Lung/Thoracic Surgery

Author: M. Blair Marshall, MD

WHAT ARE THE LUNGS?
The lungs are organs that allow for gas exchange between the air you breathe and your blood. Oxygen is brought into the body and carbon dioxide is removed. We each have two lungs. The lungs are subdivided into lobes, anatomic divisions. There are three lobes on the right side: upper, middle and lower, and two on the left side: upper and lower. Because the heart is mostly on the left side, the left lung is smaller than the right.

WHAT IS LUNG CANCER?
Lung cancer is an abnormal growth of cells in the lung. This usually starts from a single cell that has undergone a change that allows it to grow in an uncontrolled fashion. Lung cancers can arise from a variety of different types of cells in the lung, thus leading to different types of lung cancers.

The most common types include small cell and non-small cell lung cancers. There are many types of non-small cell cancers, including squamous cell carcinoma, adenocarcinoma, bronchoalveolar carcinoma, large cell carcinoma and carcinoid tumors. They may be discovered at different stages. Depending on the type and stage of lung cancer one has, surgery may be recommended as part of treatment. For detailed information on lung cancer and the staging, please click on these links:

www.cancer.gov/cancerinfo/wyntk/lung 
http://www.cancerindex.org/clinks2l.htm

The American Cancer Society estimates that there will be more than 224,000 new cases of lung cancer diagnosed this year and more than 159,000 patient deaths from lung cancer.

Some patients may become confused about lung cancer. Not every cancer that is in the lung is a lung cancer. Lung cancer is a type of cancer that starts in the lung first. Some patients with other types of cancer may have their cancer spread to the lung. Although this is also cancer and it is in the lung, it is not lung cancer. This is metastatic disease (spread from another type of cancer).

HOW DOES ONE GET LUNG CANCER?
Lung cancer is most commonly associated with smoking. However, certain people may have a genetic predisposition to cancer. Even if you do not smoke, you may be exposed to smoke through your environment. Several workplace substances have also been associated with an increased risk for lung cancer, including arsenic, asbestos, beryllium, silica, radon, etc. Also, patients who do not have normal lungs but have COPD are at increased risk of developing lung cancer.

WHAT TESTS SHOULD I HAVE IF I AM SUSPECTED OF HAVING LUNG CANCER?
Most patients have a chest XRAY which may detect a lung nodule or mass. To clarify this, usually a CT of the chest including the liver and adrenal glands is obtained. One may have additional testing, but these tests are not always required. Other common tests include an MRI of the brain, a bone scan, blood work, or a PET scan. A Pet scan is when radioactive sugar is given to a patient. The sugar will be taken up by cells that are more metabolically active than the other cells. This can commonly occur in cancerous tissue. If an area takes up more of the sugar than the surrounding tissue, this is usually called a “hot spot”. This text does not prove that the nodule is cancer. Many cancers can light up as a hot spot but other processes can light up as well such as areas of infection or granulomatous disease. These are not cancer. Also, not all cancers light up on a PET scan. These tests are all used in conjuction with one another to determine the next best step in your care. If you are not sure what tests are appropriate for you, ask you doctor.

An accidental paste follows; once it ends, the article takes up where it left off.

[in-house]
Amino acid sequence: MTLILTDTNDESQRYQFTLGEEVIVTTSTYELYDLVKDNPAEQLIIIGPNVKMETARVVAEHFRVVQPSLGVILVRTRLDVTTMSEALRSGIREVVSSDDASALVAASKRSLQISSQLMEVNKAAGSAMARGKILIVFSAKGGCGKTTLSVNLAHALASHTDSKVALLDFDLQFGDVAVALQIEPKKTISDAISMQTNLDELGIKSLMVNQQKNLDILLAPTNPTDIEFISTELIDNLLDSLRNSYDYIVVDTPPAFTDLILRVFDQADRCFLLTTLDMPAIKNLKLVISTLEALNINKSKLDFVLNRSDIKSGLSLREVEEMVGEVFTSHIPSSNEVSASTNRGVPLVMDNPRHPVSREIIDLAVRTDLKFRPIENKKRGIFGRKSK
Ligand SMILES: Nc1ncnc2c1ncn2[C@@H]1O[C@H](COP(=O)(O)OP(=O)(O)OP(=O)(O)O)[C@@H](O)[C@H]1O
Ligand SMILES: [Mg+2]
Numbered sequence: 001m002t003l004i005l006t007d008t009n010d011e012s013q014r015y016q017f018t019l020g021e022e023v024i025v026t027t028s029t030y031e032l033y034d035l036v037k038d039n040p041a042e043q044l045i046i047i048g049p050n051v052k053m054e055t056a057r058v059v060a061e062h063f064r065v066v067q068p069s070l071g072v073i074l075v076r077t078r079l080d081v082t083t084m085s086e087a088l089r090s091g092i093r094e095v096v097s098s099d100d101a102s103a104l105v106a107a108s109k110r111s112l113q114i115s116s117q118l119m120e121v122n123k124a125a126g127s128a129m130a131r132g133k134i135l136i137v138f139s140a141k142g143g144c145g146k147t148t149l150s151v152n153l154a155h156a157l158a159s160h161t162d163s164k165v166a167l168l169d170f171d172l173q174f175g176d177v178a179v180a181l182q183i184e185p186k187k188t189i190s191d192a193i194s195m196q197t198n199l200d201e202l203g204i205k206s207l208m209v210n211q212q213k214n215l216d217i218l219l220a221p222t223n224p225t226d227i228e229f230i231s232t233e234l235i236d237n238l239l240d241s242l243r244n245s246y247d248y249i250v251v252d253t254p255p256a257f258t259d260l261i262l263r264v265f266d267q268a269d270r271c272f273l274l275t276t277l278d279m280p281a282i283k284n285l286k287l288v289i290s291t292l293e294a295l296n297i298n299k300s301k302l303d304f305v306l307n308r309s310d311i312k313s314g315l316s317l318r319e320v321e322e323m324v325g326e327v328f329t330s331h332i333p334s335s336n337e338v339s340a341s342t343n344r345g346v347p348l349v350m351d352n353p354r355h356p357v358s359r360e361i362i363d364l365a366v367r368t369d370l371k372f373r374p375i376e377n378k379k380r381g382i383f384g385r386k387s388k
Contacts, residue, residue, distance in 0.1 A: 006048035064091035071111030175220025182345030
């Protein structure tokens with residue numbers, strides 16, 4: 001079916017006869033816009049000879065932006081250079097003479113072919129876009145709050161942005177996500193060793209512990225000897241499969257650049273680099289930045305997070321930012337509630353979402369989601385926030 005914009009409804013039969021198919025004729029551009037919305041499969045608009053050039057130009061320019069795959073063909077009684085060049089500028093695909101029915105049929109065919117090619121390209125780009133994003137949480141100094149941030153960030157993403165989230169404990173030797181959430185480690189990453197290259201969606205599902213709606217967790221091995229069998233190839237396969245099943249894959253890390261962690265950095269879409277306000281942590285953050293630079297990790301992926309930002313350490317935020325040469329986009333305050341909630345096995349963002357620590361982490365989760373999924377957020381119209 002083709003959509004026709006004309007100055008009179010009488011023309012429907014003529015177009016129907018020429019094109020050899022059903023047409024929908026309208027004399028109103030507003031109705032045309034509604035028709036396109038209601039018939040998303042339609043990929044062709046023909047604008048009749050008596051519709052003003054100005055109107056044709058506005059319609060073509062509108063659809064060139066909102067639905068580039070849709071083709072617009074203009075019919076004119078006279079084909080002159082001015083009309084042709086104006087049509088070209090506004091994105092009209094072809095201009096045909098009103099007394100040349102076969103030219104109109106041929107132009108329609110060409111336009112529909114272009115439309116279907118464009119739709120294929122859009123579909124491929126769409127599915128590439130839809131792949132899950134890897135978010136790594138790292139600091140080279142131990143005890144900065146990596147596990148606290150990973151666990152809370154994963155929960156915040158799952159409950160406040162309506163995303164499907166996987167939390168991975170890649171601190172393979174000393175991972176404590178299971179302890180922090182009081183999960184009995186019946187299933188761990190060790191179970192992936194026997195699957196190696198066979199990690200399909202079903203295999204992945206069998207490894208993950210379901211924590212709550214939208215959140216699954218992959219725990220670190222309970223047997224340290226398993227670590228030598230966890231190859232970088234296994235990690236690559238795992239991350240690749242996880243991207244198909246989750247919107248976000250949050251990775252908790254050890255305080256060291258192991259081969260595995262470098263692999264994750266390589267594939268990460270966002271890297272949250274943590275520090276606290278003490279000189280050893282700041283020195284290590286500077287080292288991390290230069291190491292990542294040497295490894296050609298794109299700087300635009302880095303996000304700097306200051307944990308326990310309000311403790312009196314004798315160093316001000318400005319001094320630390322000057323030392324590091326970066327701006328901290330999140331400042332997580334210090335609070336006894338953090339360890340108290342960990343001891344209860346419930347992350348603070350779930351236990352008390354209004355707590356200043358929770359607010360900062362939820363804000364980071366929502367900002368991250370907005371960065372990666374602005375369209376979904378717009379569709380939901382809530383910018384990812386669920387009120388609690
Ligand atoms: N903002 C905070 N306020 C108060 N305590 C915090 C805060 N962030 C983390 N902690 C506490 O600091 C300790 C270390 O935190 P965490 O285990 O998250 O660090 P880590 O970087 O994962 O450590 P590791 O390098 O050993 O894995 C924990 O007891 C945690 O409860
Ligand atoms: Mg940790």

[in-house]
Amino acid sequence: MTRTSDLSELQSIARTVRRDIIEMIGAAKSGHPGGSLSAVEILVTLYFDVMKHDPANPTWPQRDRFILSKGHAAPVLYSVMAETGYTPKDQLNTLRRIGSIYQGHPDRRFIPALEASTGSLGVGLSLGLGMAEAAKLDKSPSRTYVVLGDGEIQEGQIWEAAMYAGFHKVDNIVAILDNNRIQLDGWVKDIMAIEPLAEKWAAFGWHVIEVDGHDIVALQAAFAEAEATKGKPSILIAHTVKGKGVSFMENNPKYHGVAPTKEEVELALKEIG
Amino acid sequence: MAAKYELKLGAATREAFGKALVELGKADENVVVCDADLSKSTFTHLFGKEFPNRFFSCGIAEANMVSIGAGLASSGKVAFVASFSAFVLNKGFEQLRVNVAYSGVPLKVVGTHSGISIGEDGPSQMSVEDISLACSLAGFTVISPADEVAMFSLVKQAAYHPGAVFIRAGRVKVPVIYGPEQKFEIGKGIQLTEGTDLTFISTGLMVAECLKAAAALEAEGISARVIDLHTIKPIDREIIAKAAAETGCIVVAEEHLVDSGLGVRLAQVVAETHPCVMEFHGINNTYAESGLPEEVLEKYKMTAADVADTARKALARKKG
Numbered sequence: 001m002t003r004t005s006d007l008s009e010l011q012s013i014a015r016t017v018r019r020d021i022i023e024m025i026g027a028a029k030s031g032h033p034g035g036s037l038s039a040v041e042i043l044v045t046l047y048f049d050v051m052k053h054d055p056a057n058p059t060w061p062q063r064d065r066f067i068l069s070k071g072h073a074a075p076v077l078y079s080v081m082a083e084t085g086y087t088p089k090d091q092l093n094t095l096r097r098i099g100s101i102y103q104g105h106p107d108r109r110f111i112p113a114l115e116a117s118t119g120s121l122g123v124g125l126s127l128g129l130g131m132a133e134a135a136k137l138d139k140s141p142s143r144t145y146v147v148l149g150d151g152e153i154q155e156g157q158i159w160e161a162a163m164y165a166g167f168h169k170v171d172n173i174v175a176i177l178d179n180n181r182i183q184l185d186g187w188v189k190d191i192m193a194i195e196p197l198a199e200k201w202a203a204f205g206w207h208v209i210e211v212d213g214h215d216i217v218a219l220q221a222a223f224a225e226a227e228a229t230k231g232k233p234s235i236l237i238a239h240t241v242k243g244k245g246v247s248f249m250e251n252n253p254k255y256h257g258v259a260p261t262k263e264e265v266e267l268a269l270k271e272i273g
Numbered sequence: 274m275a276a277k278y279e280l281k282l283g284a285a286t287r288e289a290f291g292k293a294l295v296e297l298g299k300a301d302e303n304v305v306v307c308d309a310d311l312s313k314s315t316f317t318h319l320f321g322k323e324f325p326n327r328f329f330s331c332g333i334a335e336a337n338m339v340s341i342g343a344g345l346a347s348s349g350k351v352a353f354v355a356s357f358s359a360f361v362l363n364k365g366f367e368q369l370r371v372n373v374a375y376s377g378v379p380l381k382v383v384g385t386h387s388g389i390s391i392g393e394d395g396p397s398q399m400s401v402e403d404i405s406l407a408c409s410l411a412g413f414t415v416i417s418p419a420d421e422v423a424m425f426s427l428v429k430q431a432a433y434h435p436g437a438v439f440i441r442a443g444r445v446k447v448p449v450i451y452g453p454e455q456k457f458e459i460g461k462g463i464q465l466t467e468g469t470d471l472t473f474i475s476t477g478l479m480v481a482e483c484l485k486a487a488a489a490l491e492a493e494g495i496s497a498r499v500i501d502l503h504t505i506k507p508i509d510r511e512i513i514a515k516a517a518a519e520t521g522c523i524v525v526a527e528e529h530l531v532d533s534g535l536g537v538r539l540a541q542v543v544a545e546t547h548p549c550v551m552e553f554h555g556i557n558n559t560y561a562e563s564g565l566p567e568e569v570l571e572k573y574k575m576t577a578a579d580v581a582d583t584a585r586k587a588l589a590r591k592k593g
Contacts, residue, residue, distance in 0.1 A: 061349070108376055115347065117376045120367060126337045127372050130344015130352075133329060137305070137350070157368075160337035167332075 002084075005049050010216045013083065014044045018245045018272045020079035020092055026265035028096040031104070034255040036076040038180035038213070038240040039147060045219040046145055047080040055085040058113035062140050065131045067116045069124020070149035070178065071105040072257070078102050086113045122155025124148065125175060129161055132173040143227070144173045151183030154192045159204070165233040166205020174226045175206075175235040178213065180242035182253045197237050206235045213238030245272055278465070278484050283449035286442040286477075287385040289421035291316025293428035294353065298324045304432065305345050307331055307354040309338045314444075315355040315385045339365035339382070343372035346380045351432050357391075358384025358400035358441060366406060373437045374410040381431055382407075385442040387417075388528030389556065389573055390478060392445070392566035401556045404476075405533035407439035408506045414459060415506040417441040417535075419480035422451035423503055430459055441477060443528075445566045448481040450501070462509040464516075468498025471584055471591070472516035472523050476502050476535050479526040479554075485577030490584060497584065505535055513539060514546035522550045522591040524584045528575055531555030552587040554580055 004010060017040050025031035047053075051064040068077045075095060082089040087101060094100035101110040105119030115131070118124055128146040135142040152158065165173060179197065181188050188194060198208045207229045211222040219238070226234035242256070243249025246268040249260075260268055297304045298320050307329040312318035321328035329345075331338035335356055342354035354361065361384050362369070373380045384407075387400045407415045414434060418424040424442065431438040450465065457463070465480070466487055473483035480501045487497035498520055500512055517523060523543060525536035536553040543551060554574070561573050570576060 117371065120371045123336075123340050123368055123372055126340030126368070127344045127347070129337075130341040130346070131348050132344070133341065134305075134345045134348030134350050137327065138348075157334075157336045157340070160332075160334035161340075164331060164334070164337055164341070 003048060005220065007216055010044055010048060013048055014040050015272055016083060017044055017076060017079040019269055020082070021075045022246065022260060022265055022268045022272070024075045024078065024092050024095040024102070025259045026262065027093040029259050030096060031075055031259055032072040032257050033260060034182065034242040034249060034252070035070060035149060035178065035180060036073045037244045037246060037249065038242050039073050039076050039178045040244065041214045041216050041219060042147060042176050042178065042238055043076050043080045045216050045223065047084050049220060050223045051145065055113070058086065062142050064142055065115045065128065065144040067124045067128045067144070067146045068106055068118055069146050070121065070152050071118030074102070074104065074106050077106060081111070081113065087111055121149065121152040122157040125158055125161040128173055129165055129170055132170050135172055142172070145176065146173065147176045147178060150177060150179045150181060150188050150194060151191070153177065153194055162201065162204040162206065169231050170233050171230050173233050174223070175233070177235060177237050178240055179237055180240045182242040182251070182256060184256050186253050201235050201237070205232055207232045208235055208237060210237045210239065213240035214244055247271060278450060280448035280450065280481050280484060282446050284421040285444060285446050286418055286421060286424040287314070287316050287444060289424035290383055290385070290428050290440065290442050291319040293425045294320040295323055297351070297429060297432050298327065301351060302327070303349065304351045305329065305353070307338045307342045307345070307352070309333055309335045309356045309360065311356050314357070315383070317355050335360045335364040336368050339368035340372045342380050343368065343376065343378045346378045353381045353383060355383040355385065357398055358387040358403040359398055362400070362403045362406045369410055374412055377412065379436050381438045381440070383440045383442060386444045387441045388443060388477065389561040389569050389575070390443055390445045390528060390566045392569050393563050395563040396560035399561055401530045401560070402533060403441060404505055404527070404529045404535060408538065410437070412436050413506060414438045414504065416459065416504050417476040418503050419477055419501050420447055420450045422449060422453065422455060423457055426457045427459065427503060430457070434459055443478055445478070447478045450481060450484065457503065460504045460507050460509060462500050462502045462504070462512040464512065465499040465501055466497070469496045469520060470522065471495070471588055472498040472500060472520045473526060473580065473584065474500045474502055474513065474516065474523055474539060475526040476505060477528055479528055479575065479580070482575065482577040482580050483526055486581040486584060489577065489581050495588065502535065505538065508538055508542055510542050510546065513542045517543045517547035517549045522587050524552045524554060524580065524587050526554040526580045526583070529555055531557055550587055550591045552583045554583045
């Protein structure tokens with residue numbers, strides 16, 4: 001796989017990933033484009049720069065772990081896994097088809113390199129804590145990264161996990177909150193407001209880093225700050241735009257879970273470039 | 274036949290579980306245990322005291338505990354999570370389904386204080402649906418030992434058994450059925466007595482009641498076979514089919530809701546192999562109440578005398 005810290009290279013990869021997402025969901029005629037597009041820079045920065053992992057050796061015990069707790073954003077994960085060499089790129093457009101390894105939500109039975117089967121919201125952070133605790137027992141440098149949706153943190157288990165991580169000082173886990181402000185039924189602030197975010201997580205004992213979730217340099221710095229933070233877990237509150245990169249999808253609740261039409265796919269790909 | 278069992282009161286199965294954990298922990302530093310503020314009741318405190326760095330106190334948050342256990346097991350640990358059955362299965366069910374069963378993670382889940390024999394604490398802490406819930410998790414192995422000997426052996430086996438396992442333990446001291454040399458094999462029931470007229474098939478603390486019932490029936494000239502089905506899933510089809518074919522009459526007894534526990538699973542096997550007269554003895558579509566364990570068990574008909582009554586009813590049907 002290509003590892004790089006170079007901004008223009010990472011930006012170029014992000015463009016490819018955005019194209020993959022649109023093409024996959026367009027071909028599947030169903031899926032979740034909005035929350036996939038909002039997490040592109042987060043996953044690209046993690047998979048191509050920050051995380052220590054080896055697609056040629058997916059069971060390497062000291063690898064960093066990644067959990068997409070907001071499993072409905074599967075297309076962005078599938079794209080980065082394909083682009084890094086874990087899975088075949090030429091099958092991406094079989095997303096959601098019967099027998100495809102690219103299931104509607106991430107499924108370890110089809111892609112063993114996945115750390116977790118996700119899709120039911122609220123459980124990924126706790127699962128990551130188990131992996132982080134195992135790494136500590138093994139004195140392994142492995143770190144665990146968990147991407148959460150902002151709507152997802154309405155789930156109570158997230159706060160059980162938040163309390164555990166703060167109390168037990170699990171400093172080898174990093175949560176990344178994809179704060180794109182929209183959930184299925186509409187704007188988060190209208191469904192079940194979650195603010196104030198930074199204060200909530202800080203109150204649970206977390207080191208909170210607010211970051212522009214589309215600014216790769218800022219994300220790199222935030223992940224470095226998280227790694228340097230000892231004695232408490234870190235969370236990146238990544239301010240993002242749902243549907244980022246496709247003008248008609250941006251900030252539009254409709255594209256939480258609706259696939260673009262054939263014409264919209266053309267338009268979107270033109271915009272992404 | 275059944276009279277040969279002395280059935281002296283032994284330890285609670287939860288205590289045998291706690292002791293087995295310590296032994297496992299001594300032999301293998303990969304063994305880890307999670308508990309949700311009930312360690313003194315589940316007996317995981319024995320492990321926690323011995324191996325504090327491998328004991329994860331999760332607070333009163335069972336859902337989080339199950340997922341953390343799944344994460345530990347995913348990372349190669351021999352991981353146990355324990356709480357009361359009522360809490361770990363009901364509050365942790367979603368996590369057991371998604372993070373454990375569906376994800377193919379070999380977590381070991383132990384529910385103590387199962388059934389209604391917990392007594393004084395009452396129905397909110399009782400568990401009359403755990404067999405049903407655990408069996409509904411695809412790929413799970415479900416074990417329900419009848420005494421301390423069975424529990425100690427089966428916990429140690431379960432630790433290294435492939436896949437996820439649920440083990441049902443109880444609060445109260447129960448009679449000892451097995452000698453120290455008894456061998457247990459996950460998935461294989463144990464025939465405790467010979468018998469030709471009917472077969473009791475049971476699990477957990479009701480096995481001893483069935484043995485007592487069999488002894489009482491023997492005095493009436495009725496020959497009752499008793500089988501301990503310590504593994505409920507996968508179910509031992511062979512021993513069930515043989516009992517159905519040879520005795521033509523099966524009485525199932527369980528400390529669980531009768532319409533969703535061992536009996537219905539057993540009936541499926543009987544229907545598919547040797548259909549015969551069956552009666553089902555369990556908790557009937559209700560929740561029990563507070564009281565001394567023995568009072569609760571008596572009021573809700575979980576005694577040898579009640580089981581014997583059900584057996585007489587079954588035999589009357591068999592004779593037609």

HOW IS LUNG CANCER TREATED?
The treatment of lung cancer depends on a number of factors, the type of lung cancer, the stage, and the condition of the patient. Surgery is most commonly used as part of treatment when the cancer is confined to the chest. If the tumor has already spread to other parts of the body, then surgery usually plays less of a role in the treatment of cancer.

CAN YOU REMOVE PART OF/ OR AN ENTIRE LUNG?
Most of us have enough lung tissue that if we had an operation to remove one or a portion of one lung, we could still breathe and maintain our quality of life. However, many patients with lung cancer are previous smokers and some of these patients may have decreased lung function due to damage caused by cigarette smoke. Although many patients have quite smoking up to several decades before developing a lung problem or lung cancer, the damage done by the smoke never goes away. The majority of patients who develop lung cancer are not current smokers.

How much of the lung that can be removed and maintain a patient’s quality of life is a very important question. Surgeons will usually use a number of tests including some of the following: pulmonary function studies, ventilation perfusion scan, and a six-minute walk test, to determine the impact of any type of chest surgery on a patients breathing after going through such an operation. With this information, your surgeon may be able to calculate how much lung tissue you can afford to do without, if necessary. Most people who have lung surgery do not need to be on oxygen for the rest of their life; however, most patients are placed on it temporarily around the time of their operation.

WHAT IS A BRONCHOSCOPY?
A bronchoscopy is a procedure using a bronchoscope or flexible camera, placed into your airway to view the bronchial tree. This long camera can go into your airway usually through your nose or mouth and then into the trachea. The camera is then placed deeper to look at the branching on your airway. During this procedure brunshings of the inside of the airway or needle biopsies of nodules or lymph nodes actually on the other side of the airway can be done. This may be used to make a diagnosis or it is done for specific therapy. Surgeons commonly perform this procedure on patients who have been put under anesthesia so that the surgeon can look at a patient's airways to confirm expectations prior to surgery.